This is immediately followed by the next hint of intrigue (and bear in mind that we still don’t have a clue why Poirot is visiting this house for Christmas): Poirot notices one of younger visitors – Evelyn Haworth – sitting alone, looking pensive and fiddling with her engagement ring. Poirot attempts to question the young woman on the cause of her sadness, and the way he gets her to open up is by revealing that he is also sad. It’s very moving and, again, comes completely out of the blue after ‘The Double Clue’:
‘No, you are not happy. Me, too, I am not very happy. Shall we confide in each other? See you, I have the big sorrow because a friend of mine, a friend of many years, has gone away across the sea to the South America. Sometimes, when we were together, this friend made me impatient, his stupidity enraged me; but now he is gone, I can remember only his good qualities.’Don’t worry, Hercule. He’ll be back again very soon! (Seriously… ‘The Unexpected Guest’ was published in The Sketch on 2nd January 1924, and this story begins with Hastings arriving at the white cliffs of Dover, impatient to see his old friend again.)
Okay… so that’s Poirot’s sadness, but what about Evelyn’s?
Evelyn is engaged to a man named Oscar Levering, but she is really in love with Roger Endicott (eldest nephew of Old Miss Endicott). Victims of circumstance, Evelyn and Roger were unable to start a relationship and, while Roger was away working in Australia, Oscar befriended Evelyn and helped out her family financially. As the young woman felt very much in his debt, Evelyn accepted a marriage proposal from Oscar – but now Roger’s back, and she’s struggling with her feelings.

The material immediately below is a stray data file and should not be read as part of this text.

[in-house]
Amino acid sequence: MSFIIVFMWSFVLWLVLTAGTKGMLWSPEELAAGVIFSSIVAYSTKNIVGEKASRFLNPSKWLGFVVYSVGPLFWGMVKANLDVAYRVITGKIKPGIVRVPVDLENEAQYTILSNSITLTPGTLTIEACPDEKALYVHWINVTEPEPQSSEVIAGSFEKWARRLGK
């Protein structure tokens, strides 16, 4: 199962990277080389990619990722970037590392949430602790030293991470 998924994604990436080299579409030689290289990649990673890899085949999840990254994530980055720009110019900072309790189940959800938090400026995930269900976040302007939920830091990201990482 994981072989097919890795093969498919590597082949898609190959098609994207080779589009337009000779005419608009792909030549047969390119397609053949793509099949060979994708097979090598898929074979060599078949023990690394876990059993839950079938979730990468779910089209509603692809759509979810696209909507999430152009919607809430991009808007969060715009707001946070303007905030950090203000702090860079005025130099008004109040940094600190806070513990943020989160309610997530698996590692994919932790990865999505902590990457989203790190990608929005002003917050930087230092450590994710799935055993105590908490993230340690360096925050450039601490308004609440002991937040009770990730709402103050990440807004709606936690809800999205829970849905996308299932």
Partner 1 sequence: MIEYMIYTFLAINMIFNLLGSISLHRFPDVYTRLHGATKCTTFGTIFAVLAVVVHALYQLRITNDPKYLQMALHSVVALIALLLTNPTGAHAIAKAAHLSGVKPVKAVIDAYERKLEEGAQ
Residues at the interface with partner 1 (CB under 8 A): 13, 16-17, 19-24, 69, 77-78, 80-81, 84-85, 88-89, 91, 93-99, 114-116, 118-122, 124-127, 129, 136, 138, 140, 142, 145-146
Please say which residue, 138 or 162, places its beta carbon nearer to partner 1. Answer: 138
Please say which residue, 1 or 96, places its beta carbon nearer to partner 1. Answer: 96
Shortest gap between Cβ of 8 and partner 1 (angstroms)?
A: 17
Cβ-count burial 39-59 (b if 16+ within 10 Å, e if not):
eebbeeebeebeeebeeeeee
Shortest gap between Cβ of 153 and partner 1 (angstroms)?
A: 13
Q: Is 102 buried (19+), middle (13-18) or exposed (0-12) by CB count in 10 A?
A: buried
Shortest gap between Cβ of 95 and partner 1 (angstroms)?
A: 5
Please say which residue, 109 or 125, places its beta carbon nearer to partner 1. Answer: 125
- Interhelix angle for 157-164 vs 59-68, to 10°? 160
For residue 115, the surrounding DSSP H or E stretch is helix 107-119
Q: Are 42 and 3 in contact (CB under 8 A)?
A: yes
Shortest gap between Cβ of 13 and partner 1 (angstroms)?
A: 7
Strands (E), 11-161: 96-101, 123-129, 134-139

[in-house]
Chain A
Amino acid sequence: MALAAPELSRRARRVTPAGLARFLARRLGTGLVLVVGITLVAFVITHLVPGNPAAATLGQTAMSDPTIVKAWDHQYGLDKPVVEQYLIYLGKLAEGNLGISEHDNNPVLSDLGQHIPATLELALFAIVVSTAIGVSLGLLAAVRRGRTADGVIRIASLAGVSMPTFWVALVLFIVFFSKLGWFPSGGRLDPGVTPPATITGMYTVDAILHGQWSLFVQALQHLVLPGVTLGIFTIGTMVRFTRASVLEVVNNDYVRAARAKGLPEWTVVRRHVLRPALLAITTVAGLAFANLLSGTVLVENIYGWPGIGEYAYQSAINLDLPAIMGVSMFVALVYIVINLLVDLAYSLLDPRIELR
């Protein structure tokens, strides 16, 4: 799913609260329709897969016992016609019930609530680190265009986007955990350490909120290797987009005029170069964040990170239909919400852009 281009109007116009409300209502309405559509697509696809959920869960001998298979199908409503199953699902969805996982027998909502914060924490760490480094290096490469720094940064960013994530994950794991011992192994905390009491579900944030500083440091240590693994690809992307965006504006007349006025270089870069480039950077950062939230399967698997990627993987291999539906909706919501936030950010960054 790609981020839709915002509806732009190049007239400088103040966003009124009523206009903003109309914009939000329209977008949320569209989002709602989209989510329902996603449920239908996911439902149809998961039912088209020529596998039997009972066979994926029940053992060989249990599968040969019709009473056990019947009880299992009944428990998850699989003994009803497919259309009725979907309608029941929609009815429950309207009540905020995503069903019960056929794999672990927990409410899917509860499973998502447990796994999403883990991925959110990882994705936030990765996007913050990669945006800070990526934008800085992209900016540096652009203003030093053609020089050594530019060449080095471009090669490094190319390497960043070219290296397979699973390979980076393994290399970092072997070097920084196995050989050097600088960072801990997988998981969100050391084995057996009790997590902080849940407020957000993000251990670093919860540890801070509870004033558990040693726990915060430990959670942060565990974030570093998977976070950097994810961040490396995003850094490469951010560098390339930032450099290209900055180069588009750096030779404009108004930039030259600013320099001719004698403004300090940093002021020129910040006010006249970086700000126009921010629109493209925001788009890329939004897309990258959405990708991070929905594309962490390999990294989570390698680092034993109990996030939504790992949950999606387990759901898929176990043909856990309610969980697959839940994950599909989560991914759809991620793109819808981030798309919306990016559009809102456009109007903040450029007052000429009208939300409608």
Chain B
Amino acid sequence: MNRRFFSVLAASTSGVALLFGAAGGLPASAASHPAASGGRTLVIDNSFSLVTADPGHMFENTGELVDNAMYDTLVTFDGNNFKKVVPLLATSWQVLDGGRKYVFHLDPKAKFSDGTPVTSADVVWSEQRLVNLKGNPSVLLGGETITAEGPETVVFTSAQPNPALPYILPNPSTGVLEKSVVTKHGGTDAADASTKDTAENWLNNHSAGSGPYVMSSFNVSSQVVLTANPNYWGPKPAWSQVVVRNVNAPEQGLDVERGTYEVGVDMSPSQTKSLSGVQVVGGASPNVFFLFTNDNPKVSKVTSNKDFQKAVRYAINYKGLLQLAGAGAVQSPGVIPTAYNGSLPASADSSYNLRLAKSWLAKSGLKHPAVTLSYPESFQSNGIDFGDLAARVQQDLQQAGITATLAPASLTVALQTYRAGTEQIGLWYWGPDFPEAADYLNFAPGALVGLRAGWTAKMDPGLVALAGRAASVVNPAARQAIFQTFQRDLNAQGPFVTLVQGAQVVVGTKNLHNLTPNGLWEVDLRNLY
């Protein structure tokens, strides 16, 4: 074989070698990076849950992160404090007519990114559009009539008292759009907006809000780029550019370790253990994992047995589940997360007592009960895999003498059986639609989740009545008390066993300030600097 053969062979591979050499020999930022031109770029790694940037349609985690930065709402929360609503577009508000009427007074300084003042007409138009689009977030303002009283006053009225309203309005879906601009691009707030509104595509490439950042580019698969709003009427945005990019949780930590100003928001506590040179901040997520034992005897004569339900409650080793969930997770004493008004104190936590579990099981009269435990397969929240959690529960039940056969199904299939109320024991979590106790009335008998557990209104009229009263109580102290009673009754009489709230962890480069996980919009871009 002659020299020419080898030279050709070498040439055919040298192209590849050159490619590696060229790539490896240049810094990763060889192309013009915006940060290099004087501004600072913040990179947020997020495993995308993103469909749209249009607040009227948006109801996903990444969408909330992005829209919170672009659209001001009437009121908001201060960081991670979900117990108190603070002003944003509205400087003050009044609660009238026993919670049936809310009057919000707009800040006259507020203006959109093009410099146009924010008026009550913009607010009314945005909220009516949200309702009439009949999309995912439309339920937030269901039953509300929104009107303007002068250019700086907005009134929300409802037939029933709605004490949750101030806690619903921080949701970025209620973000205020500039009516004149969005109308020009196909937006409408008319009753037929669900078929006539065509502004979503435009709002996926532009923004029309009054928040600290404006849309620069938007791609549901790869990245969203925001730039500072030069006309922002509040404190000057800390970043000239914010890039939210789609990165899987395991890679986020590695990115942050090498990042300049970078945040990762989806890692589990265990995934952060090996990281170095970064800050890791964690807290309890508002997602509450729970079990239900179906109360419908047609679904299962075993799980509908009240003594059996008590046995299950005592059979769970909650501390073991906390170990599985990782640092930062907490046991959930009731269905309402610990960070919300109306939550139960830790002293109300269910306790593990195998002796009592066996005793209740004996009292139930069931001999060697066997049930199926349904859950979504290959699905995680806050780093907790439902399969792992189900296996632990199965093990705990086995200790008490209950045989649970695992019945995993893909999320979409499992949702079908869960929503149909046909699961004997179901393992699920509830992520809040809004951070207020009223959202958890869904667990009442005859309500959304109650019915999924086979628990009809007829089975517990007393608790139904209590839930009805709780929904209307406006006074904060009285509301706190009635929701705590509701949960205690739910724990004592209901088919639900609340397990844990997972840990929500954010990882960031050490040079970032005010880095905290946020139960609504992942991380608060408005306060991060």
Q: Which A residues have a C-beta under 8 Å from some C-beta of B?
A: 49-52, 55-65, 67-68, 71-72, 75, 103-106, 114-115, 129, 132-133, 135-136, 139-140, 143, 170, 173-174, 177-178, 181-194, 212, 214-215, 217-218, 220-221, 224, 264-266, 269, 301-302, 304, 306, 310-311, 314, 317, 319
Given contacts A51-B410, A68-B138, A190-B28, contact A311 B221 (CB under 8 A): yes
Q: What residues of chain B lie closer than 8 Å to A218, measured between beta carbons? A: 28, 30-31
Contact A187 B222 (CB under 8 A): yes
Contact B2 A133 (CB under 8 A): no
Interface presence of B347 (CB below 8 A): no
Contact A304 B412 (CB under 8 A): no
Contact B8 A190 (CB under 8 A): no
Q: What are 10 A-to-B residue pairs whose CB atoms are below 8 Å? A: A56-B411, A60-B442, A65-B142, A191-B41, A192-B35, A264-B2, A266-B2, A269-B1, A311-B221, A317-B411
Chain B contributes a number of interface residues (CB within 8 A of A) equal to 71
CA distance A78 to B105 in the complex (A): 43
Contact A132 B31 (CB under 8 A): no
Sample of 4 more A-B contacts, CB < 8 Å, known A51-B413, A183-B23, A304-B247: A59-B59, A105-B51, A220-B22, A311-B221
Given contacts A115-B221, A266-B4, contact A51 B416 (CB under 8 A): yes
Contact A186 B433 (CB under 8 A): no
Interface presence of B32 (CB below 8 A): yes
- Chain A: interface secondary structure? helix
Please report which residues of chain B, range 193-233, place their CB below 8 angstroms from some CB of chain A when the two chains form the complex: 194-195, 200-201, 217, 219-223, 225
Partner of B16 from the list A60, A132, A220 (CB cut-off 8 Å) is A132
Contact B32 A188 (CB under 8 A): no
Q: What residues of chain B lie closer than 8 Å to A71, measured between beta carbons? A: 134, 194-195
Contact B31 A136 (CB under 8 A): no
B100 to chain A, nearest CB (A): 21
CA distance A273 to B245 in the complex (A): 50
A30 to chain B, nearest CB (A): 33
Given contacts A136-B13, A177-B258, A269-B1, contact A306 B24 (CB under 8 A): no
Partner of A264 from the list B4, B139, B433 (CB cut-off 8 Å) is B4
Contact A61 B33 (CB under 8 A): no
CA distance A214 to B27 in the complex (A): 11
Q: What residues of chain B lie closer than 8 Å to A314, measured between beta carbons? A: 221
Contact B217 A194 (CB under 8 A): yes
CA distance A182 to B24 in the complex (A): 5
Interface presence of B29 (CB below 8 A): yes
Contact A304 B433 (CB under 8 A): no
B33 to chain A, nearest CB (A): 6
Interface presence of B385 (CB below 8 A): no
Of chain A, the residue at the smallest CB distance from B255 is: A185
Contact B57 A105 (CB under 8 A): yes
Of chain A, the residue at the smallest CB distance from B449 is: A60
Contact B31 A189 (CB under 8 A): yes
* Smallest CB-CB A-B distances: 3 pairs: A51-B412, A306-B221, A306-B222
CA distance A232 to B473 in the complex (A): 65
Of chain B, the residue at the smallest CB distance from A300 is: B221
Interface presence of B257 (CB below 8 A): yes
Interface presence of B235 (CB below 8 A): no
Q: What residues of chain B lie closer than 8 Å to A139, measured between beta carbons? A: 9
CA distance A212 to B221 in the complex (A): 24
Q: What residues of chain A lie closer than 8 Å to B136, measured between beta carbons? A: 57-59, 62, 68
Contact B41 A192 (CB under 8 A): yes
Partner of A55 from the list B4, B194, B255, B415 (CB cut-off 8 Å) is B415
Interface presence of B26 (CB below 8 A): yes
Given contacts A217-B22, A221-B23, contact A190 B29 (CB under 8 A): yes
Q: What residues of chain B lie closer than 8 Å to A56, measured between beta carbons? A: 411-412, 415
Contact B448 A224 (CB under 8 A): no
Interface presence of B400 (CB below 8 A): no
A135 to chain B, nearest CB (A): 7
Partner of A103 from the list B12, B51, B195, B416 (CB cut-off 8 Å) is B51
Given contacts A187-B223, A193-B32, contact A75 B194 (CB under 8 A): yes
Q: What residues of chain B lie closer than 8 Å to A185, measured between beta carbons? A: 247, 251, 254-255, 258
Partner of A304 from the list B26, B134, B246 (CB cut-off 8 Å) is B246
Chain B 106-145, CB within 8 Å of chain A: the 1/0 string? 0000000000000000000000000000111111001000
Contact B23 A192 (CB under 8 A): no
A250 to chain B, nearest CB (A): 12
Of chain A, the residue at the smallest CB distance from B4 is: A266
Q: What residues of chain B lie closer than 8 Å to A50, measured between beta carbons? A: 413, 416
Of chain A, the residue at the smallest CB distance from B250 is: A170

Poirot understands. Of course.
After this slightly melancholic interlude, we cut back to the Christmas fun. The young people are building a snowman that looks like Poirot and wondering how to make the most of having a famous detective staying in the house. They decide to stage a fake murder as a prank, to see how Poirot will react. It’s all going to be such jolly fun.
Roger Endicott isn’t so sure though… he has an important question that is surely shared by the reader at this point:
‘“I was just wondering,” he said quietly. […] “Wondering what M. Poirot was doing down here at all.”’So this is the set-up to the mystery – albeit a rather unusual one. The snow fun is then interrupted by the gong, signalling both Christmas dinner and the beginning of the story’s action:
‘It was a real old-fashioned Christmas dinner. At one end of the table was the Squire, red-faced and jovial; his sister faced him at the other. M. Poirot, in honour of the occasion, had donned a red waistcoat, and his plumpness, and the way he carried his head on one side, reminded one irresistibly of a robin redbreast.’A gigantic Christmas pudding is brought it, and slices are served still flaming. Despite having received his anonymous note, Poirot decides to risk eating his slice. But it’s the Squire who finds something untoward – there’s a lump of red glass in his piece. Poirot discreetly pockets this.